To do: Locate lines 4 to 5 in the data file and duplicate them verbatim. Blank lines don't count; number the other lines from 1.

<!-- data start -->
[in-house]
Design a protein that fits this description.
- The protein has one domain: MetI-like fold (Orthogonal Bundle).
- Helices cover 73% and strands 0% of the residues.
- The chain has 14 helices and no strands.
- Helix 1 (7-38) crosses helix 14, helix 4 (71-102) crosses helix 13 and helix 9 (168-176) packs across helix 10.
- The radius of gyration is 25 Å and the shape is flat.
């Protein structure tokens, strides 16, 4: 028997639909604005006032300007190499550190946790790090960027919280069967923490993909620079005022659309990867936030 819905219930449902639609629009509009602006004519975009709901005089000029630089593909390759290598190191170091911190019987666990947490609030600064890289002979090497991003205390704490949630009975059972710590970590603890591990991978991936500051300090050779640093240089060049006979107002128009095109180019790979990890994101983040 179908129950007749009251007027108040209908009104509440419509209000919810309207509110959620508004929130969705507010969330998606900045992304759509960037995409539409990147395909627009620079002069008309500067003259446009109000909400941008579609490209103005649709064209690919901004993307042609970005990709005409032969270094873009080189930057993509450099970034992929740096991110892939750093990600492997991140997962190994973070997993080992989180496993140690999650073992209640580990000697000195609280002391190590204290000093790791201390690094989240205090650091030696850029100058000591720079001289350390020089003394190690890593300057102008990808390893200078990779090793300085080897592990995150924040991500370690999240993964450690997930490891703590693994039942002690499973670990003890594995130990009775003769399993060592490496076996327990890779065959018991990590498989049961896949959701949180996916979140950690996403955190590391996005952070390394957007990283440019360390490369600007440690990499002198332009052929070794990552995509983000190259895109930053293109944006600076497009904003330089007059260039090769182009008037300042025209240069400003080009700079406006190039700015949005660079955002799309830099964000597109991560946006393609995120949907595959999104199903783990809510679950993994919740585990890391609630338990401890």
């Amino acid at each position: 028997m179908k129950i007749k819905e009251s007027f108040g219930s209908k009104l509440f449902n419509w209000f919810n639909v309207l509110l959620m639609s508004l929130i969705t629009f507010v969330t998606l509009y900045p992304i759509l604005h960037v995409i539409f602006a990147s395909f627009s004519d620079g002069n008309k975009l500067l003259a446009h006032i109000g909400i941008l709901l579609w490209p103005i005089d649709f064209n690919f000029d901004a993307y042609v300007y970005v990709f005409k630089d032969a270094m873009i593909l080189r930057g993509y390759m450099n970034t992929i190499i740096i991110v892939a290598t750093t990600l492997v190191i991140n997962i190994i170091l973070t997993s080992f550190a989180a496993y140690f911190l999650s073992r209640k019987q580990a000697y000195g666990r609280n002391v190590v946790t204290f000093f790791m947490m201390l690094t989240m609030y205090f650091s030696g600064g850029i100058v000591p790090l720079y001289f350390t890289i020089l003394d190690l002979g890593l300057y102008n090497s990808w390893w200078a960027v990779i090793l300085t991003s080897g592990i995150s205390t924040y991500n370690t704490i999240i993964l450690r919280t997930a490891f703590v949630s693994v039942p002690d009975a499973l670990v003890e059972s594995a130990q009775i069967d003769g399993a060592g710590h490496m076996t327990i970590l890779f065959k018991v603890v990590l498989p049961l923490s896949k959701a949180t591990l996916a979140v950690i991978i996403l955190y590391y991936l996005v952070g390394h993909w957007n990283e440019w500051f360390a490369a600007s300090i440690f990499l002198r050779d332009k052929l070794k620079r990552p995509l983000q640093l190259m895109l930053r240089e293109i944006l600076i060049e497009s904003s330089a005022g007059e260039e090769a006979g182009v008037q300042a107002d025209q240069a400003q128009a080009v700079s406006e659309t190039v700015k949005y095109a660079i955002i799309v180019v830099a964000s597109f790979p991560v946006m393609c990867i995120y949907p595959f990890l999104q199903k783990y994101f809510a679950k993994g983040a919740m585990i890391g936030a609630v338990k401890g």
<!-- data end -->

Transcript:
- Helices cover 73% and strands 0% of the residues.
- The chain has 14 helices and no strands.